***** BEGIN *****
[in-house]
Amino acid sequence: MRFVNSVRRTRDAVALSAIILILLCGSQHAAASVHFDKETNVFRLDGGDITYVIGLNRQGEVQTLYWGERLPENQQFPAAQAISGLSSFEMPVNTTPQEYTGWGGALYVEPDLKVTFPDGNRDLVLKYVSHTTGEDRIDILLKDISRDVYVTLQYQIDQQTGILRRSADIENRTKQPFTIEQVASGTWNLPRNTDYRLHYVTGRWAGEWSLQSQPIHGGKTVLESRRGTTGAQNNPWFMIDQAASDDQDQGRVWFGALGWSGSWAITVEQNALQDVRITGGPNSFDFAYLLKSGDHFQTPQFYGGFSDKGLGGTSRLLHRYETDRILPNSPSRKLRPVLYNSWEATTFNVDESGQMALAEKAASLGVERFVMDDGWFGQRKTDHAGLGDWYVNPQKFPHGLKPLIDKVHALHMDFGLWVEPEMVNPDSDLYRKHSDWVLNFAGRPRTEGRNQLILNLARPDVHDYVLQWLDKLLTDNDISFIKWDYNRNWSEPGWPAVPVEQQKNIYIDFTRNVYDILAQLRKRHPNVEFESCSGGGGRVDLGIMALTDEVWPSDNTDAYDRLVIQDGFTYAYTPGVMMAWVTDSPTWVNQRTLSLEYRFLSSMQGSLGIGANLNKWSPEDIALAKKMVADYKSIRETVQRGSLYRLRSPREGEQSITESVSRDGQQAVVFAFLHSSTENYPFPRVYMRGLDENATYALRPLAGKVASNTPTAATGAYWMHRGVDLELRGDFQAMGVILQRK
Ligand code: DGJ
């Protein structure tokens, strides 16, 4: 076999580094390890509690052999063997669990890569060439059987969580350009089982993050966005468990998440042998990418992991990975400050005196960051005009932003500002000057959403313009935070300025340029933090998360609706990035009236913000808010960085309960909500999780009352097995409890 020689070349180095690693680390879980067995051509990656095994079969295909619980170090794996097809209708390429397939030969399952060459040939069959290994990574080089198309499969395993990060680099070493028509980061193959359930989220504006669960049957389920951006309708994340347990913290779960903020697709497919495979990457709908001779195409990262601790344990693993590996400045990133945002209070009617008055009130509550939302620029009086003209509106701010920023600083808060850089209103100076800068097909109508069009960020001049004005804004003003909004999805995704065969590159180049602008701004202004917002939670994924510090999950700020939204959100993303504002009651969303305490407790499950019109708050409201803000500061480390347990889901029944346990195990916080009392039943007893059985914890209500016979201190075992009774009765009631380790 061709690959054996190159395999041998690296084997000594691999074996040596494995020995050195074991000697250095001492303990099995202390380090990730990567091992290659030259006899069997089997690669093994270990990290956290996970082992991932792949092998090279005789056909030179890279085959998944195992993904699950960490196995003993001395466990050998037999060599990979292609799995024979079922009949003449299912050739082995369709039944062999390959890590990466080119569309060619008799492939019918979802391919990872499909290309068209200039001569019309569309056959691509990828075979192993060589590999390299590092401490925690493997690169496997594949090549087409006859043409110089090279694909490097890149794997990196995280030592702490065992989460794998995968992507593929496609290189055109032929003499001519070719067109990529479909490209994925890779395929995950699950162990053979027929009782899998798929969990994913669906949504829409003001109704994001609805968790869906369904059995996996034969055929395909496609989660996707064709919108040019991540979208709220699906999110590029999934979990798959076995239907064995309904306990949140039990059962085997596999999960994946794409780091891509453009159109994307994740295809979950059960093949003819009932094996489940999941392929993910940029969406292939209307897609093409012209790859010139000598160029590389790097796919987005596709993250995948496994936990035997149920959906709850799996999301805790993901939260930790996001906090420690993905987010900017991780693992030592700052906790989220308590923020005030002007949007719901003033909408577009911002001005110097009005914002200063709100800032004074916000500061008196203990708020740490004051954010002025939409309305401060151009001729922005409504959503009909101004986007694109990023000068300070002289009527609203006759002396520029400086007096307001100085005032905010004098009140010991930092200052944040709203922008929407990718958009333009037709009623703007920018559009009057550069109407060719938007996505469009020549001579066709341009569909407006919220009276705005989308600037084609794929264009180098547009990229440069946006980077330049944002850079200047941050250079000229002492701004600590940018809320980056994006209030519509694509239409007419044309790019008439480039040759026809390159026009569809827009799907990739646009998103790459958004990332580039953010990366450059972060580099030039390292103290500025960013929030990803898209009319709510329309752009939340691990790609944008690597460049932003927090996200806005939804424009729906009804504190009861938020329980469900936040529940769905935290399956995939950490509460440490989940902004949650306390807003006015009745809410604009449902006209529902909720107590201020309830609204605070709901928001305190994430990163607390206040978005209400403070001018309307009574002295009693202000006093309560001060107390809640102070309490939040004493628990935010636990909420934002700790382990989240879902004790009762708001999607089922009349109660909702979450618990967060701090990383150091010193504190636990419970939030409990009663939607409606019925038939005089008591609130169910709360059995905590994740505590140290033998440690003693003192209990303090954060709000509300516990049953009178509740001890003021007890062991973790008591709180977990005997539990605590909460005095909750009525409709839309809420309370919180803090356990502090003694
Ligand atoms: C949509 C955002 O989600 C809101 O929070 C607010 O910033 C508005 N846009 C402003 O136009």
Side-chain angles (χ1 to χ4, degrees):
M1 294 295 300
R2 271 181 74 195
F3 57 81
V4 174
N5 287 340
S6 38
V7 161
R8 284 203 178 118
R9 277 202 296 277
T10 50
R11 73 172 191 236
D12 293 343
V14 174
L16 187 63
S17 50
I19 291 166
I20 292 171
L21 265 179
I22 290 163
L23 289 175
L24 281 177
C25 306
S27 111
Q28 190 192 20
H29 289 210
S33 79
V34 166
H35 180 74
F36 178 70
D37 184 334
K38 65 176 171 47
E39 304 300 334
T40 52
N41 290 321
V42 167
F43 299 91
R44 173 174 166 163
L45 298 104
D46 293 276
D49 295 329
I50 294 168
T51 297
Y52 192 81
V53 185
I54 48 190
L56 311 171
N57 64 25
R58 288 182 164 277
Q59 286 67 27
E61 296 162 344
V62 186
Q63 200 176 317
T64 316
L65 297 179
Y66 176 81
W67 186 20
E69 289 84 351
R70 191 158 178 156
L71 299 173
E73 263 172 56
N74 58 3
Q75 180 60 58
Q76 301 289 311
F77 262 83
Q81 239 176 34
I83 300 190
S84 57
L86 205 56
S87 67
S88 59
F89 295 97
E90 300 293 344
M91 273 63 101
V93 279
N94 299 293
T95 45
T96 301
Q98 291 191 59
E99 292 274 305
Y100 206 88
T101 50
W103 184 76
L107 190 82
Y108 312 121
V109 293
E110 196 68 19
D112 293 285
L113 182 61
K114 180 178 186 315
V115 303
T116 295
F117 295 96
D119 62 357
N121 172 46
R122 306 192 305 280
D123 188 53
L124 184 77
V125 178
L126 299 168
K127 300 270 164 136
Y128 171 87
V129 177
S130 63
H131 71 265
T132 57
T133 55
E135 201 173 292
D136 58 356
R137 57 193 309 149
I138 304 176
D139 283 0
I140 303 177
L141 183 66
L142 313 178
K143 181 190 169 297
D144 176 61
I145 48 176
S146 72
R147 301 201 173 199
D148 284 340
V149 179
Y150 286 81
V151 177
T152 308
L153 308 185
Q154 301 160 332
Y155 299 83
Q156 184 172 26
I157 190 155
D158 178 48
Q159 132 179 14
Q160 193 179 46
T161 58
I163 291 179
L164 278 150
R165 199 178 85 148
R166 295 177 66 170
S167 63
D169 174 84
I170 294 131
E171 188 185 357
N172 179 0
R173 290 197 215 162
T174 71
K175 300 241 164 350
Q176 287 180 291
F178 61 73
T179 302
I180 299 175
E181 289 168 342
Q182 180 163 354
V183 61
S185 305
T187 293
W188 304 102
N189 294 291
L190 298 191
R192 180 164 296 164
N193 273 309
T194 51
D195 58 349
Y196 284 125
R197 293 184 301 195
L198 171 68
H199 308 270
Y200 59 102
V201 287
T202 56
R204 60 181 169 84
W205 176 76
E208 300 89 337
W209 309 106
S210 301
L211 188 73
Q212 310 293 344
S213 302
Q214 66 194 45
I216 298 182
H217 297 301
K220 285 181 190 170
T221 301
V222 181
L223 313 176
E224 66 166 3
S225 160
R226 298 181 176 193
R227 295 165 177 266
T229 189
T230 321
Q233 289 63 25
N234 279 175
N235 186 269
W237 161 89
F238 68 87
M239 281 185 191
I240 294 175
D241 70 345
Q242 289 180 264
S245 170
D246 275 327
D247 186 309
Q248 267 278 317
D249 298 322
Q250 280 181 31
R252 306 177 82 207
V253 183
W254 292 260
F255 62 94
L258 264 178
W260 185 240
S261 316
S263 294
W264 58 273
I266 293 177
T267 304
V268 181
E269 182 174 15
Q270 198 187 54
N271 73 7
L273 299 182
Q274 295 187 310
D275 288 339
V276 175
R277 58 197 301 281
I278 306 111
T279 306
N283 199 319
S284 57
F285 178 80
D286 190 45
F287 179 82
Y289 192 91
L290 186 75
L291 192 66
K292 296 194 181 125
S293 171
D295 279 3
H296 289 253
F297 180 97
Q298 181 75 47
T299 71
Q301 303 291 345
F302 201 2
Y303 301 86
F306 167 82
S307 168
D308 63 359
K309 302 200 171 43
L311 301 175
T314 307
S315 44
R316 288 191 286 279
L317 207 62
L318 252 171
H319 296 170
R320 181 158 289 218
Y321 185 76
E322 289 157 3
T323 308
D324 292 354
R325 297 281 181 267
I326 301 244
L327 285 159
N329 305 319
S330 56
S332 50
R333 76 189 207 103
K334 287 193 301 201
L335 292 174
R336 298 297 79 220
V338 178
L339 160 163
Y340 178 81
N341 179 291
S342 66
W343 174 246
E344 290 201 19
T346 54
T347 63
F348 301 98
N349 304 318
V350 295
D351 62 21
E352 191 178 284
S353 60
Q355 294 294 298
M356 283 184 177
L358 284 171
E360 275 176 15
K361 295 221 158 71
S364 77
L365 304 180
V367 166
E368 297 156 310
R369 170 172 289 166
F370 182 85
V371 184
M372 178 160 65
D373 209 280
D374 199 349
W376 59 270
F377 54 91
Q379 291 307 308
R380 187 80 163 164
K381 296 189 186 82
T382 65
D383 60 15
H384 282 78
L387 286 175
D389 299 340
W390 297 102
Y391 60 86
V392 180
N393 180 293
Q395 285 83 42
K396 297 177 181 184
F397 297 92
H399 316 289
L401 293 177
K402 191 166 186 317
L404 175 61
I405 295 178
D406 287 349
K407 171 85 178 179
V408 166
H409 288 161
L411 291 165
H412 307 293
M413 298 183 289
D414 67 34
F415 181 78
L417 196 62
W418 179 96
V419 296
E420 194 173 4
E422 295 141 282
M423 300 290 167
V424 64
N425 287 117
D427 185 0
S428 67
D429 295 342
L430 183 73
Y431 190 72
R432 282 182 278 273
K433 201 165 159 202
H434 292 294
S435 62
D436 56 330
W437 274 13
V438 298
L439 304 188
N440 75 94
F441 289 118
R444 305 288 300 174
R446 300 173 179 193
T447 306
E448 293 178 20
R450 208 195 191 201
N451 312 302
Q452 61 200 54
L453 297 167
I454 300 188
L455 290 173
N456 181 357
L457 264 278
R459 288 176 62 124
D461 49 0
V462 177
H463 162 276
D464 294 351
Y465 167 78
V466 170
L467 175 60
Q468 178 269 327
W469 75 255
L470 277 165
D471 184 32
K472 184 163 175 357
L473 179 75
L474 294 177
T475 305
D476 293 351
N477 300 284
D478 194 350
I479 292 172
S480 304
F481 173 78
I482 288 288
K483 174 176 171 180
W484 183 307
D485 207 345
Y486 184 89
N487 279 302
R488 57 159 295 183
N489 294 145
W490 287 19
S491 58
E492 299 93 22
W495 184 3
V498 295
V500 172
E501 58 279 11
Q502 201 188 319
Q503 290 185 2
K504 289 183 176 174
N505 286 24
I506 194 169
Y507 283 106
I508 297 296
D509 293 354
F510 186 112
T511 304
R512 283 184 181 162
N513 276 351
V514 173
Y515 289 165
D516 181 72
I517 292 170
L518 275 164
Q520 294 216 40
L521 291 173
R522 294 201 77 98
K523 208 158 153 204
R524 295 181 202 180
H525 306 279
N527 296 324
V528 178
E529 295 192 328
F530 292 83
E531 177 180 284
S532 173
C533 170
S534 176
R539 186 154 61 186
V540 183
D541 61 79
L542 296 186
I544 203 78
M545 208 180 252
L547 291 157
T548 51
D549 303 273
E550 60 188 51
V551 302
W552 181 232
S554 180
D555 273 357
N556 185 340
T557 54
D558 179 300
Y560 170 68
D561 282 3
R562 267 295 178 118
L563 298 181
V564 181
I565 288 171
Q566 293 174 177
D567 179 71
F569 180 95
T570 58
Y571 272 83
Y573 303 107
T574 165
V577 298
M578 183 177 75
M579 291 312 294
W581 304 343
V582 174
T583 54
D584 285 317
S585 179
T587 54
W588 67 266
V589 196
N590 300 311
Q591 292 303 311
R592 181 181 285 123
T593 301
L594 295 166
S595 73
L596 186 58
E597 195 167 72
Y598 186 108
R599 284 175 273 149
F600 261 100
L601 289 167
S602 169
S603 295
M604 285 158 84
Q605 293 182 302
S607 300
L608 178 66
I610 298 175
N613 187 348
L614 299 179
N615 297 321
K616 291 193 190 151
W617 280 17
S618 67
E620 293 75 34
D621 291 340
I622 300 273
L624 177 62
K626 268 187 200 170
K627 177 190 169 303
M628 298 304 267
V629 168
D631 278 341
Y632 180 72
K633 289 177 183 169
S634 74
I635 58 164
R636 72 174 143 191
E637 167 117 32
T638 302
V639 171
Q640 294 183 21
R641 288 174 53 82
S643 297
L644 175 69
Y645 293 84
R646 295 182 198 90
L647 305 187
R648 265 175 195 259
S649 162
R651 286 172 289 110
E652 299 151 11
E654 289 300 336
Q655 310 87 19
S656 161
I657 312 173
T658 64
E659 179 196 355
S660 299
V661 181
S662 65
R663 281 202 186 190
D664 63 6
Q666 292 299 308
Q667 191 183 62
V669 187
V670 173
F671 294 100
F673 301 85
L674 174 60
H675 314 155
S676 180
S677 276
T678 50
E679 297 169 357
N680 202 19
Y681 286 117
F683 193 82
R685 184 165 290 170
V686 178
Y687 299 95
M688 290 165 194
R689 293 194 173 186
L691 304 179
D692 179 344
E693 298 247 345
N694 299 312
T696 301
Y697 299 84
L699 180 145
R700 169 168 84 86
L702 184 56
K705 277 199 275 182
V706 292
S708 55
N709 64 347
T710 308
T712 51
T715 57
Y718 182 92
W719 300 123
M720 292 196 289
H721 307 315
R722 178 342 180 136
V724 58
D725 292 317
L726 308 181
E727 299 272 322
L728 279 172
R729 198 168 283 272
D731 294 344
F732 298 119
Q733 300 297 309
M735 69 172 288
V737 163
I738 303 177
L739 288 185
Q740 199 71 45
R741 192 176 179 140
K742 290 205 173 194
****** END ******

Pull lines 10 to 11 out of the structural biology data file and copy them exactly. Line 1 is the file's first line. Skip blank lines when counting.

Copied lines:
V4 174
N5 287 340